Starting any sort of small business is a difficult endeavor. It takes dedication, hard work, and determination. It also takes money. In this post, we’ll look at how to do this with as little money into it as possible.

Starting a gym from scratch can be one of the biggest and scariest parts of being a personal trainer. But, you don’t need to break the bank to achieve your dreams.

Take Financial Inventory

Know what your personal expenses are and the estimated expenses to operate your business. Then review any current income and calculate how much you will need to earn to keep the doors open.

Be Realistic

It is a key aspect of keeping your budget down when starting your first fitness business. Keep yourself grounded in reality. You may not be able to open a 3,000 square foot complex right off the bat. But, you can work up to it like NFPT Trainer Ian Nimblett did.

You could start by meeting with clients in their homes to build a clientele with almost no overhead. You could also consider renting gym space in your area and then work your way up to more.

Use Low-Cost or Free Marketing Techniques

You could use business cards or paid referrals to market yourself at a low cost. Wearing your business on clothing or investing in a website are also fairly inexpensive ways to market. There are tons of ways to market your start-up business without emptying your wallet.

To keep marketing completely free you can collect business cards at your front desk, use social media, cross-promote with other businesses, and give out free trials of your services.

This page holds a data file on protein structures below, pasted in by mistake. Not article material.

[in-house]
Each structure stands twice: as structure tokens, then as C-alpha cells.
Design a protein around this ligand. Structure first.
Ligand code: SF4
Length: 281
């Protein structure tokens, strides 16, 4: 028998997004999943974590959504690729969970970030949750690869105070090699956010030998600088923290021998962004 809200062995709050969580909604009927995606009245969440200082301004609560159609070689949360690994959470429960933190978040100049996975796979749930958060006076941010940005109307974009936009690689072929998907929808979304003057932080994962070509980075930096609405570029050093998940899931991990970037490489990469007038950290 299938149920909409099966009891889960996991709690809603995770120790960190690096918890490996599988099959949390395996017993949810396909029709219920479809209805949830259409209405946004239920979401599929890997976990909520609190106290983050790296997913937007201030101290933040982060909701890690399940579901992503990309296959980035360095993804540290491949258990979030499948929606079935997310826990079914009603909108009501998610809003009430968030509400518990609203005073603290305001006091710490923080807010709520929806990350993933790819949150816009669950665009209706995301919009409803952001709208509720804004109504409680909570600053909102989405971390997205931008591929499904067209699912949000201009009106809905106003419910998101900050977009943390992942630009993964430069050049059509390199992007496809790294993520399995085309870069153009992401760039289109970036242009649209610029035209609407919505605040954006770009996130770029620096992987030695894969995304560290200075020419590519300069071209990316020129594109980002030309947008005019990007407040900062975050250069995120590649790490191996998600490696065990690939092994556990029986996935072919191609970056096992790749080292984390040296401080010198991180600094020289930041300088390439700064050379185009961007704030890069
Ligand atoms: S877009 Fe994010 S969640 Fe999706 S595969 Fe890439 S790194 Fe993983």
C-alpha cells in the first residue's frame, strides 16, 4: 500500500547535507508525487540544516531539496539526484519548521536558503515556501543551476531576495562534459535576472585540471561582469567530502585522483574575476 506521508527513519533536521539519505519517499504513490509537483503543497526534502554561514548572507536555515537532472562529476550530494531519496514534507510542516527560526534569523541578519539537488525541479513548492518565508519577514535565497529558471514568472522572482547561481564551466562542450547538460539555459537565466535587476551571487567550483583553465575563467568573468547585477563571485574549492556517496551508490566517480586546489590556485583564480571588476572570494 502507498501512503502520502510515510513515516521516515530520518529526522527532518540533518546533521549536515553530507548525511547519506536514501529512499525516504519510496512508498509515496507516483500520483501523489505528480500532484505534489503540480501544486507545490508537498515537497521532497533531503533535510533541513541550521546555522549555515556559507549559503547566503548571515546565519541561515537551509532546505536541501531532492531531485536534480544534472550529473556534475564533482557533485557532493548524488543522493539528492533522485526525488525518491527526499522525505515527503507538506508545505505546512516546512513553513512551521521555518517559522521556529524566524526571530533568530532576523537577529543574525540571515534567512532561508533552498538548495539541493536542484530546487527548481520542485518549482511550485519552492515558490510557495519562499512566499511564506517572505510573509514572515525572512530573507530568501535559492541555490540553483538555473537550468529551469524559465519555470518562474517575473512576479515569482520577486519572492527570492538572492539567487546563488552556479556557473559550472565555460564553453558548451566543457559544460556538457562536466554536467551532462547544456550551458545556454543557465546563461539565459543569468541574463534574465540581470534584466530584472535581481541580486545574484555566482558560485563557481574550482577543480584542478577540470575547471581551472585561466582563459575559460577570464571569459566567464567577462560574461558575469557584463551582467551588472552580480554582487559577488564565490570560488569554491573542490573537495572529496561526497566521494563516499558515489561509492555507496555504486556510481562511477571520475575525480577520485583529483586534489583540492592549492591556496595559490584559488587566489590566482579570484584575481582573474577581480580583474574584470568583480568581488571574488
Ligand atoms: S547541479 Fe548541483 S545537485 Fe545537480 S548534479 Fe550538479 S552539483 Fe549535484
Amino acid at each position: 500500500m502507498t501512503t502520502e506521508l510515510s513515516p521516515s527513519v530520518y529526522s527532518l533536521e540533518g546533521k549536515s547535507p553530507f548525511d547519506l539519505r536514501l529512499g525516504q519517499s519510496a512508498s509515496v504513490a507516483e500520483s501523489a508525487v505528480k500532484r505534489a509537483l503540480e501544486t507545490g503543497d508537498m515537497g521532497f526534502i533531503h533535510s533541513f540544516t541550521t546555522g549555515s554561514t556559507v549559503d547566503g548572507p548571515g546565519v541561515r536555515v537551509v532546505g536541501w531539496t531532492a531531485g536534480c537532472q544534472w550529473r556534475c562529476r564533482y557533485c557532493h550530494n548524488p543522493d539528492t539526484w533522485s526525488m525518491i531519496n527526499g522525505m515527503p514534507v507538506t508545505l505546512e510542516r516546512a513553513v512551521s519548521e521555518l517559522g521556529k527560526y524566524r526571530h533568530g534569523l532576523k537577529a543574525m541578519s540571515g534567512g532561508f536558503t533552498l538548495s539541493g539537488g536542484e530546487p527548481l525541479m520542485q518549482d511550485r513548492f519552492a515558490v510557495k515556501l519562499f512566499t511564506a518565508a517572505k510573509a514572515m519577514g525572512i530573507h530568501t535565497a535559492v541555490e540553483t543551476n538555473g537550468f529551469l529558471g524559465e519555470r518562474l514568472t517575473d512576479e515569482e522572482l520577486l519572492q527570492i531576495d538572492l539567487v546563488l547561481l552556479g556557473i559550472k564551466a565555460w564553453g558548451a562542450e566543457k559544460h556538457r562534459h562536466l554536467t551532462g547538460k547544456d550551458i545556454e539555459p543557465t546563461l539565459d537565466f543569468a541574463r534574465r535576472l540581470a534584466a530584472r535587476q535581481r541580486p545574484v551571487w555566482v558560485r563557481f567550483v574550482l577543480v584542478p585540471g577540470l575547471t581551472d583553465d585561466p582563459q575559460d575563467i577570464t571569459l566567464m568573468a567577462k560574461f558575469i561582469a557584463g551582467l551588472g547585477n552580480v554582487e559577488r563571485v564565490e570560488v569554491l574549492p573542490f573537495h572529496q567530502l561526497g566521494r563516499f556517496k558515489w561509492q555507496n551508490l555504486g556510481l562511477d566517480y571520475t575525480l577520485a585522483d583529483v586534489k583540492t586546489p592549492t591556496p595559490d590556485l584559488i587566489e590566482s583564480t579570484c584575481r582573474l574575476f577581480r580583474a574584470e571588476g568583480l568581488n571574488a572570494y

Use Free Resources

The US Small Business Administration is a free government agency designed to get small businesses off the ground. They offer a variety of free services. From help with business plans to legal and accounting advice, they’re there to help. Use word of mouth as a free resource. If clients see results, they are going to want to show it to others.

Don’t Overdo It

Make sure that you are first starting with just yourself as an employee. You don’t need an assistant, receptionist, or another trainer right away. Not only will this keep costs down, but you will be taking in all the money that you make. You also don’t need any fancy equipment or all the latest technology. Go in confidence, give your clients encouragement and challenges, and, most of all, show them results.


Beverly Hosford

Beverly Hosford, MA teaches anatomy and body awareness using a skeleton named Andy, balloons, play-doh, ribbons, guided visualizations, and corrective exercises. She is an instructor, author, and a business coach for fitness professionals. Learn how to help your clients sleep better with in Bev’s NFPT Sleep Coach Program and dive deeper into anatomy in her NFPT Fundamentals of Anatomy Course.